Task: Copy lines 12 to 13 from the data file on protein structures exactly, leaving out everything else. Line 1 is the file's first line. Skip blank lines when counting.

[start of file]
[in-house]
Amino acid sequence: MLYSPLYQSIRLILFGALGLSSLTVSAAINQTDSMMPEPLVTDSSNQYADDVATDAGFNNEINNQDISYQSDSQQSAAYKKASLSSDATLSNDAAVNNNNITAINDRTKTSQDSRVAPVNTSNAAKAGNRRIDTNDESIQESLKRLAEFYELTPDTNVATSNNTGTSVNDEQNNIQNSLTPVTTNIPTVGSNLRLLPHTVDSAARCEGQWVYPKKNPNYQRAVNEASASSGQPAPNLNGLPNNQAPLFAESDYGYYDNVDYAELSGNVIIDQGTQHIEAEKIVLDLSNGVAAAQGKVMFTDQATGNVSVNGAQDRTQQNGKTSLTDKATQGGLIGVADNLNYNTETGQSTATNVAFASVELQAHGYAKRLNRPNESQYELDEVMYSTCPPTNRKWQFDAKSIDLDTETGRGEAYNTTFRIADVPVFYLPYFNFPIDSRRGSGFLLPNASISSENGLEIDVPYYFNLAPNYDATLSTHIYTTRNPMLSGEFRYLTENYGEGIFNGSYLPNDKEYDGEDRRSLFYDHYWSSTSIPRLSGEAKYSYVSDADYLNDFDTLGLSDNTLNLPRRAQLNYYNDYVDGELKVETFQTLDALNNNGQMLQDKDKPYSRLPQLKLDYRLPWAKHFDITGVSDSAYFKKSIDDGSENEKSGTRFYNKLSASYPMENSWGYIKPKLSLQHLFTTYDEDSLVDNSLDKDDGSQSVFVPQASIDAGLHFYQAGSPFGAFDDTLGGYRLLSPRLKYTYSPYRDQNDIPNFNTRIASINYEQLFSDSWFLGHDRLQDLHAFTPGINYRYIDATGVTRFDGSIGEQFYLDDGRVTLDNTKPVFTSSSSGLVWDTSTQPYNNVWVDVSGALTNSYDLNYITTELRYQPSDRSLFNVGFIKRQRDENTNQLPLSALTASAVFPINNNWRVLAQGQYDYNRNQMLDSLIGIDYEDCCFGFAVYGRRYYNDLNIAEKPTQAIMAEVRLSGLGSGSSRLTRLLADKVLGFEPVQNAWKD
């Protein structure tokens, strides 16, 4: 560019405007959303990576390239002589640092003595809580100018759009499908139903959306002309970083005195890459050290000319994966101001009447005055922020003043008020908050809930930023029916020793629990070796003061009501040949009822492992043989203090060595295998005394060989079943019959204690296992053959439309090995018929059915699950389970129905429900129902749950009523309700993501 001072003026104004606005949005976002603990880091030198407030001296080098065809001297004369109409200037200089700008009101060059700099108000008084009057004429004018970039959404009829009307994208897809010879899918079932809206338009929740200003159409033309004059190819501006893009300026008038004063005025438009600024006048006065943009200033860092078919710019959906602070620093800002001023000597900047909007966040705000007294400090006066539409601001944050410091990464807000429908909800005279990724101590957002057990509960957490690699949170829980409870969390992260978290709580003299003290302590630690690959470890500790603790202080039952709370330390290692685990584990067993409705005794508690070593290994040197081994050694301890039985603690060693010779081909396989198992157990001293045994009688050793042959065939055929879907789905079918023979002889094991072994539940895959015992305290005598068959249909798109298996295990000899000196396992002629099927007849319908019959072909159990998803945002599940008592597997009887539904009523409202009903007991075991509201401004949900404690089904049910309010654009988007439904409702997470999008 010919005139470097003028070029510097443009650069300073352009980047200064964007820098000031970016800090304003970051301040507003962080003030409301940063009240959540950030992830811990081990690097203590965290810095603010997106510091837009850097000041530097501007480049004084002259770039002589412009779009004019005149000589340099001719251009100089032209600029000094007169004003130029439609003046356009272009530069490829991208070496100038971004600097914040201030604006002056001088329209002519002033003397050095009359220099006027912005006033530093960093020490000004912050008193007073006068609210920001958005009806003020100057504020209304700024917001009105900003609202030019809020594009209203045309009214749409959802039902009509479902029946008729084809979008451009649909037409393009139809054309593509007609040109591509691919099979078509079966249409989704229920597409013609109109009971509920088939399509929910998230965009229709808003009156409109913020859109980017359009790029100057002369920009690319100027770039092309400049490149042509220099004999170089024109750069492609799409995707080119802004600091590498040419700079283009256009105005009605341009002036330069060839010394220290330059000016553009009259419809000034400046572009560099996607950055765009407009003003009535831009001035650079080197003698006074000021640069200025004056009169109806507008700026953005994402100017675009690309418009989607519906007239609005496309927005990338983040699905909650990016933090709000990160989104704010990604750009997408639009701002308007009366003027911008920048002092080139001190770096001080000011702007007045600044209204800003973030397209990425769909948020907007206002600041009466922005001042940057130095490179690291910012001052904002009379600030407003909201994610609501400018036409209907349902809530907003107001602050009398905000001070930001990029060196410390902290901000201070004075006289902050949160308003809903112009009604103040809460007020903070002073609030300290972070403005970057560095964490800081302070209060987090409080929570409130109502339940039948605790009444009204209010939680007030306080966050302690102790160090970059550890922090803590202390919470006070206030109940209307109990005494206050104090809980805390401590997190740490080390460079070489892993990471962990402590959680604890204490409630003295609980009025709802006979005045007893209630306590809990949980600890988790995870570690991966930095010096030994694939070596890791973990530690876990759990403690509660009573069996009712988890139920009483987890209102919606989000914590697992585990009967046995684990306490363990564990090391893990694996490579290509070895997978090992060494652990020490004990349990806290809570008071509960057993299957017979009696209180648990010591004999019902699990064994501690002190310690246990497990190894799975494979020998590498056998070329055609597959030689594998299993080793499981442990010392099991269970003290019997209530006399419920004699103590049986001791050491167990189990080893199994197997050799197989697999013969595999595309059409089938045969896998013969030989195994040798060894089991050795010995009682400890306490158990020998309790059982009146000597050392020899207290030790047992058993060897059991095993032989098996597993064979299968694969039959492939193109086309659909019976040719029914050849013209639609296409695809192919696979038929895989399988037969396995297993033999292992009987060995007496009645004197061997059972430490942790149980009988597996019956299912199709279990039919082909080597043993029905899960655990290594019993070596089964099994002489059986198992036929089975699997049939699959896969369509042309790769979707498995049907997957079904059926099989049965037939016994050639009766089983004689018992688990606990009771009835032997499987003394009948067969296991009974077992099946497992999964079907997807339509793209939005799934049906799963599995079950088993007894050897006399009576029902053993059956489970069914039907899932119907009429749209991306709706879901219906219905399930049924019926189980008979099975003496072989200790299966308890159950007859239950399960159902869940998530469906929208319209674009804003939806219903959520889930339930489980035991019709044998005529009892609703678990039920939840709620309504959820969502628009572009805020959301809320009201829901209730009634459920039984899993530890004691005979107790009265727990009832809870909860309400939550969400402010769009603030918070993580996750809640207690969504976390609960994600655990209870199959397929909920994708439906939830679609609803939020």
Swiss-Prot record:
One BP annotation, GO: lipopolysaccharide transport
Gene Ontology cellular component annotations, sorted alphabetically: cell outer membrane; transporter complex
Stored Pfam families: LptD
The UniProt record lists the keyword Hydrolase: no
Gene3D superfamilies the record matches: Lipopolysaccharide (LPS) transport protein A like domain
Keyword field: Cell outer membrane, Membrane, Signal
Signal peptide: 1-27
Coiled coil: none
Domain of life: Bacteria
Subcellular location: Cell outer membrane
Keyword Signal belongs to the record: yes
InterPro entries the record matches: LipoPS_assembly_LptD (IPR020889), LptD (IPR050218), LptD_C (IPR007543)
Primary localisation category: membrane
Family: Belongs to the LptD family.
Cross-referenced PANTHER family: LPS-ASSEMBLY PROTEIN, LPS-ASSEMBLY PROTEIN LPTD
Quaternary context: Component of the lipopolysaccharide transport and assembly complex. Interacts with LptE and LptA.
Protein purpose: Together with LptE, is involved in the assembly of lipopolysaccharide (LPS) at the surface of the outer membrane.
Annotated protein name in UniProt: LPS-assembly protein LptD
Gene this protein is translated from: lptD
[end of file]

Coiled coil: none
Domain of life: Bacteria